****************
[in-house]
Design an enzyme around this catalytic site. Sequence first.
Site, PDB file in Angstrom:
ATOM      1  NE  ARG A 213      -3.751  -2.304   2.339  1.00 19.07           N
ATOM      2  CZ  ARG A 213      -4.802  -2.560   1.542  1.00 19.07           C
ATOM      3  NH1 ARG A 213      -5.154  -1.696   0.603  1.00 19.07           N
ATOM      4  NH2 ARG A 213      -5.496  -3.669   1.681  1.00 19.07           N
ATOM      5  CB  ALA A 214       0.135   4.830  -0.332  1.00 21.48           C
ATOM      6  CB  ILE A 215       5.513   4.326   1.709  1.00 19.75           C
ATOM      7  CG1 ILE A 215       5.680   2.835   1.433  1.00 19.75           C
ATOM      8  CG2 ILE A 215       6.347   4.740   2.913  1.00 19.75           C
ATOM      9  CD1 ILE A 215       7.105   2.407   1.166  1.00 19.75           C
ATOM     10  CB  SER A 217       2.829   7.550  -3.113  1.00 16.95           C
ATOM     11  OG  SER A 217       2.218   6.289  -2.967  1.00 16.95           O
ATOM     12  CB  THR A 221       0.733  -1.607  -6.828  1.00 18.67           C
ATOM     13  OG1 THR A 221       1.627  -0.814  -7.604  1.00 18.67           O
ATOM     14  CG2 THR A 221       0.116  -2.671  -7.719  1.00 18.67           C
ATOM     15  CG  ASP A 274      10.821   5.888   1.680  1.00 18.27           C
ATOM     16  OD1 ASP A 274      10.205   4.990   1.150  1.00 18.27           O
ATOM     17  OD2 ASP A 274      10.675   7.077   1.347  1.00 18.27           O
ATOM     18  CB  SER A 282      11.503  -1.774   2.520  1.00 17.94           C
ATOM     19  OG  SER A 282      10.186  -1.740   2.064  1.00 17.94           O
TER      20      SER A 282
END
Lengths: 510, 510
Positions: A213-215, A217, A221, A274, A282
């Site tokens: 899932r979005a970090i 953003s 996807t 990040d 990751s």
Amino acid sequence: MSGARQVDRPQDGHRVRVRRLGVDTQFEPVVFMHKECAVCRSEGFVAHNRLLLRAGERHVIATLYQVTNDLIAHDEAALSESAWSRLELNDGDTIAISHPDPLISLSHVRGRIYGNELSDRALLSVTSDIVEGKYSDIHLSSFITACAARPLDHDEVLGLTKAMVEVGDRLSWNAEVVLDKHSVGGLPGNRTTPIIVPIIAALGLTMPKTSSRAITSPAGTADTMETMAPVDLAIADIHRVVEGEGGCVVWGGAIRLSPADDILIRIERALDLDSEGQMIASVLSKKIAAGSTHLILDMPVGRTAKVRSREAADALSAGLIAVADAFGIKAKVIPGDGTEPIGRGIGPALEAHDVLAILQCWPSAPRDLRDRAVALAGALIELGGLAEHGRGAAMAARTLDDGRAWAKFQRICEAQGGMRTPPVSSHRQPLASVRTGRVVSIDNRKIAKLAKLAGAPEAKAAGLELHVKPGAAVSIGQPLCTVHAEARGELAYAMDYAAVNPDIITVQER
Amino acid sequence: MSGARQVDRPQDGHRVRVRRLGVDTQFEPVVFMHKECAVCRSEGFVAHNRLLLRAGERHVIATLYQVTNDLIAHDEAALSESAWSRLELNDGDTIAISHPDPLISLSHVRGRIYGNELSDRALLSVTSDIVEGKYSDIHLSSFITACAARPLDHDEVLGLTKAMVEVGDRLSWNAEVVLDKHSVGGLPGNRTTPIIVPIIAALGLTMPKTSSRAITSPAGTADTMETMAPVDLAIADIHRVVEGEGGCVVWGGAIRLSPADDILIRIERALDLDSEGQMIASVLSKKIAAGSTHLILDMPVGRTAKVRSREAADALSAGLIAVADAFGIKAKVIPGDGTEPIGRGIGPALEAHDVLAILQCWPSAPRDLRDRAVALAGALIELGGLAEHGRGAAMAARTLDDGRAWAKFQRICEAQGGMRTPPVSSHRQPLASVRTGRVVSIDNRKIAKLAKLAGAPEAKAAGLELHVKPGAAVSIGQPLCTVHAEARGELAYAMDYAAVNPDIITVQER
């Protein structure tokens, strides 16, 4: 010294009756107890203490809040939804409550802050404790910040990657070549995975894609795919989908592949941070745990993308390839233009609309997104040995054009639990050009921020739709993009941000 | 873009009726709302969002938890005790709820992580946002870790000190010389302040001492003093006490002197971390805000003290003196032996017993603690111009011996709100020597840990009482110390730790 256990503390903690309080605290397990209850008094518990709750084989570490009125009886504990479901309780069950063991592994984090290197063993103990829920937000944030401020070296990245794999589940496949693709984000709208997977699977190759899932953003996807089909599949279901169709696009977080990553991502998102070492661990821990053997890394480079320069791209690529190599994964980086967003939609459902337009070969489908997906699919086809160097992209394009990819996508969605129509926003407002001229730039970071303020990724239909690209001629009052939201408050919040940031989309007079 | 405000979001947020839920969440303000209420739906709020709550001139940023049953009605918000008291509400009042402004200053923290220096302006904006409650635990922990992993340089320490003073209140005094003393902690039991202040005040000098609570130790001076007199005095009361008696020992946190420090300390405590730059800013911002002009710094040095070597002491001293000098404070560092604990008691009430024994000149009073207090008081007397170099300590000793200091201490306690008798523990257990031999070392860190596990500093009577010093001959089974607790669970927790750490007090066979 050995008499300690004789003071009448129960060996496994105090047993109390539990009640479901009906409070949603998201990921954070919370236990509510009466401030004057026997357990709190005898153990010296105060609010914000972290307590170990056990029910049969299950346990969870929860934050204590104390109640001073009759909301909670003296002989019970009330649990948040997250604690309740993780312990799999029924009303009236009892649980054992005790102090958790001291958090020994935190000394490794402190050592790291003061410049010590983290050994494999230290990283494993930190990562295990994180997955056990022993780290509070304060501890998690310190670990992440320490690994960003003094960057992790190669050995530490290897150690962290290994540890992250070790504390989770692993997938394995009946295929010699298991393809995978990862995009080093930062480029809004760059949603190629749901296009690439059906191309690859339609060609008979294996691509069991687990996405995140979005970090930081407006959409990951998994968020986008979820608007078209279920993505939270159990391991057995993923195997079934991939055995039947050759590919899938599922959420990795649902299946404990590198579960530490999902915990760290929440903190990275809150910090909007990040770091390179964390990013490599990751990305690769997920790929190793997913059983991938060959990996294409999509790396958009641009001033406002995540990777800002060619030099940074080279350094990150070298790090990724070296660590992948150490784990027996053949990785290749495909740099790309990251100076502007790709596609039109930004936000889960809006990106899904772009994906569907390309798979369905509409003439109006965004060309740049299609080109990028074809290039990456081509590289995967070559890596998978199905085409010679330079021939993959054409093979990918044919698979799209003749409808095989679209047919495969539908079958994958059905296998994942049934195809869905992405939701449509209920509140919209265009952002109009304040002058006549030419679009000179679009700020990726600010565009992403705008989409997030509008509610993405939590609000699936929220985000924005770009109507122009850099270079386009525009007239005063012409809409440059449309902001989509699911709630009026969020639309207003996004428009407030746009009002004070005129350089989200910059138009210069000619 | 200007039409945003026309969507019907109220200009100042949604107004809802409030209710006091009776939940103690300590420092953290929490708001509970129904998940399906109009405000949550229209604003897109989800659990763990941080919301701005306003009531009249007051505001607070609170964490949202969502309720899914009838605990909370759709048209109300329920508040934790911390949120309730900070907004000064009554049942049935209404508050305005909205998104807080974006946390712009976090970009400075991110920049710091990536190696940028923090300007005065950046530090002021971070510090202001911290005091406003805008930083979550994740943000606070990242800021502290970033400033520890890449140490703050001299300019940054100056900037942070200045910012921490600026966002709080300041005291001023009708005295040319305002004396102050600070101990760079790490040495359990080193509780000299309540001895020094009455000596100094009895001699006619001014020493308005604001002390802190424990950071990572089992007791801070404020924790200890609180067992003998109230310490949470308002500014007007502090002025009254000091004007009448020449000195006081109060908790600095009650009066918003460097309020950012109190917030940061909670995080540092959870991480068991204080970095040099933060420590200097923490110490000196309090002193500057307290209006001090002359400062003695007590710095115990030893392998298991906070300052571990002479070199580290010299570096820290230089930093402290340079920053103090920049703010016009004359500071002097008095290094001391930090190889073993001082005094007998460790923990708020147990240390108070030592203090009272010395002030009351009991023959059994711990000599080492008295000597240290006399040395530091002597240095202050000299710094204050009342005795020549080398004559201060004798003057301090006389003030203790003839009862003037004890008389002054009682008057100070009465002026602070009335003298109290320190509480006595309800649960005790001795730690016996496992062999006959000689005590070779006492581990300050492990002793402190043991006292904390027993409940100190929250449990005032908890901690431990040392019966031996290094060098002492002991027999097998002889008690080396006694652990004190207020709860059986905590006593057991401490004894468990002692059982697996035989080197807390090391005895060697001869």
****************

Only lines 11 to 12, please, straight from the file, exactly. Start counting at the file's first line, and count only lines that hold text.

ATOM      8  CG2 ILE A 215       6.347   4.740   2.913  1.00 19.75           C
ATOM      9  CD1 ILE A 215       7.105   2.407   1.166  1.00 19.75           C